Introducing Elias of the Nuru WatSan Program
I thought it would cool to share some more stories about the awesome staff that we are honored to work alongside here in Kenya. Today, I’d like to share the story of Elias Nyaitange, our program leader. I asked him how Nuru has changed his life, and here was his answer.
I was born in a poor family, the third child out of 11. I never dreamed that one day I would have the opportunities that Nuru has given me.
My life was full of problems, and my father died before I completed my education. People laughed that I would not be able to continue with my education. However, my mother struggled in difficulties so that I could finish school at a secondary level. Unfortunately, I did not stay with my mother for long after that, as she died of lung cancer. At that time, I had gotten married and my wife Mary had a child, Venant, who was one month old. I saw that the world was bigger and that I had no future in my life.
One day I was walking into town and I passed through Nyameteburo when I saw good shambas (farms) of maize. I wanted to know who had brought this good method of planting maize. I was told that there was a muzungu (westerner) called Nuru who had brought this method. I was also told that the muzungu was employing people to work in his organization. From that day what I went home, I dreamed that I would be employed by the muzungu so that my work would be to help my people live a better life.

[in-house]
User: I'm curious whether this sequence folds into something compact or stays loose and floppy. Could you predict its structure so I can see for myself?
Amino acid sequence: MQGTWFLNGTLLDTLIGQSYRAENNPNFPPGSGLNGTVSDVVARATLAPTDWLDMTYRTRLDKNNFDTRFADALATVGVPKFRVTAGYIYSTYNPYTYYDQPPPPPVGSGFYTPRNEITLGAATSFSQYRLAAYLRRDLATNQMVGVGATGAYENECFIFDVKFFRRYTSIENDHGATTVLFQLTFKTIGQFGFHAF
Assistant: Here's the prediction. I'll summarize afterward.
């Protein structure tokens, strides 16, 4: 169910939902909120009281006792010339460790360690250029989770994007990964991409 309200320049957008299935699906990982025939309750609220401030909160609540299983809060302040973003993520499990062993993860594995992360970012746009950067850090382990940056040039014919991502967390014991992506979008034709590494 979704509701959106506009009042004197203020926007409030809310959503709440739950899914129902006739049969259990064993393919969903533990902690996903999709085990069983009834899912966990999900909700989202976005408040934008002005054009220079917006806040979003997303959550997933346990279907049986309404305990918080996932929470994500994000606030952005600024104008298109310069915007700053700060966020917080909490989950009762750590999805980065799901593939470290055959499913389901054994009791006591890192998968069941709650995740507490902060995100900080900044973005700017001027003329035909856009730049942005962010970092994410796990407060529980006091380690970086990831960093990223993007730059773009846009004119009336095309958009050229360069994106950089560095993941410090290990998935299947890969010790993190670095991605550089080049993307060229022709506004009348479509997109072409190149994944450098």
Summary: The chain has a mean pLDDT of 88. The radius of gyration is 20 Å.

Then one day, I heard that Nuru was hiring in my area. So, I rushed to the chief’s office to see if it was true. In fact, it was true, so I submitted an application. I was called for an interview, and three days later, on September 8, 2009 at 10 pm, I received a message to come to the Nuru offices the next day. When I arrived, Chairman Philip Mohochi told me that I was to start working for the Water and Sanitation Program. Since then, Nuru has positively changed my life by equipping me with skills and knowledge. It is through Nuru that I, my family, and community now have enough food for our families. We have also learned behaviors that keep our families healthy such as using a mosquito net and boiling water, while the CED program has taught us to save our money in order to spend it wisely.
However, I am not fully happy with our progress because my community still has not all accepted to change. I will be happy when Nuru’s goal of ending extreme poverty will be achieved!